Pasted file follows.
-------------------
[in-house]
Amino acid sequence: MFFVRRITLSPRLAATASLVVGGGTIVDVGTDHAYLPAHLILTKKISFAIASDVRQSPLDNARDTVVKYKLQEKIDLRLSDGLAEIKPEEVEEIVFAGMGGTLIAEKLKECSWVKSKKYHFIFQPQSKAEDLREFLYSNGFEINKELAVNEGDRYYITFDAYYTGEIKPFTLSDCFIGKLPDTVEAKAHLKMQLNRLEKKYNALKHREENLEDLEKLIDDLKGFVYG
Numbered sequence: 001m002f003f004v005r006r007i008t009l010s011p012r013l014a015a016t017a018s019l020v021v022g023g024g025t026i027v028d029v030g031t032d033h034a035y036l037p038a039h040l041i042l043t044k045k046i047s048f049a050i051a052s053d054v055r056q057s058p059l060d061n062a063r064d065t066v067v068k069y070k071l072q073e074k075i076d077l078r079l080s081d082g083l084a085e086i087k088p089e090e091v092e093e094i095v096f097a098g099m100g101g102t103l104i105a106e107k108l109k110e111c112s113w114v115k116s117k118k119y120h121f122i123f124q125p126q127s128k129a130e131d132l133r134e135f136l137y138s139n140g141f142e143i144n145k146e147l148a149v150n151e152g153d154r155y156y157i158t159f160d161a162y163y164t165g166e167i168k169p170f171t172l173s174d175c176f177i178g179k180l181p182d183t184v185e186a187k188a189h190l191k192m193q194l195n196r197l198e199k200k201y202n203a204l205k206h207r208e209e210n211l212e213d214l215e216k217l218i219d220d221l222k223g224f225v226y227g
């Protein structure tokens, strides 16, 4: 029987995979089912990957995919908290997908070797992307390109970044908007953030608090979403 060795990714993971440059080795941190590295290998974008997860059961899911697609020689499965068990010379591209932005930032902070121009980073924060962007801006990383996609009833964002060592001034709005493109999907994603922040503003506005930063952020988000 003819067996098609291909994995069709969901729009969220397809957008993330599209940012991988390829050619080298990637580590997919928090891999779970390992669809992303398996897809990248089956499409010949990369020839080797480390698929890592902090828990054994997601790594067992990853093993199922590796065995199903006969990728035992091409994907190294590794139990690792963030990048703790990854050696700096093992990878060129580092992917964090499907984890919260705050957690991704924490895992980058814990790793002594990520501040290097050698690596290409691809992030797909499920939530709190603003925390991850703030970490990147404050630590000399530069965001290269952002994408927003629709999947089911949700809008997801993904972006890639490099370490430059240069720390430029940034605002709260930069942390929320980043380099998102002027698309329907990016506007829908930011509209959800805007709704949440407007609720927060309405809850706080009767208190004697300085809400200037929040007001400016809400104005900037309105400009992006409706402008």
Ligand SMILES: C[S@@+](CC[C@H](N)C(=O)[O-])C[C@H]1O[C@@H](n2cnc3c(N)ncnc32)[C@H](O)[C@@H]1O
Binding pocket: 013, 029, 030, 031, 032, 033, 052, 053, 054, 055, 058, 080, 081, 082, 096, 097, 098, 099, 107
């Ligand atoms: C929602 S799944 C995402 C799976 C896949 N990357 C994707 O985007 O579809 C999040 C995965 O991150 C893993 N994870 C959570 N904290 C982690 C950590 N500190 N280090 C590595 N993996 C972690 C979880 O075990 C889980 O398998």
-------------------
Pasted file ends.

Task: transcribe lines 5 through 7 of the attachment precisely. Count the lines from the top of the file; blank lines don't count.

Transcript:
Ligand SMILES: C[S@@+](CC[C@H](N)C(=O)[O-])C[C@H]1O[C@@H](n2cnc3c(N)ncnc32)[C@H](O)[C@@H]1O
Binding pocket: 013, 029, 030, 031, 032, 033, 052, 053, 054, 055, 058, 080, 081, 082, 096, 097, 098, 099, 107
């Ligand atoms: C929602 S799944 C995402 C799976 C896949 N990357 C994707 O985007 O579809 C999040 C995965 O991150 C893993 N994870 C959570 N904290 C982690 C950590 N500190 N280090 C590595 N993996 C972690 C979880 O075990 C889980 O398998």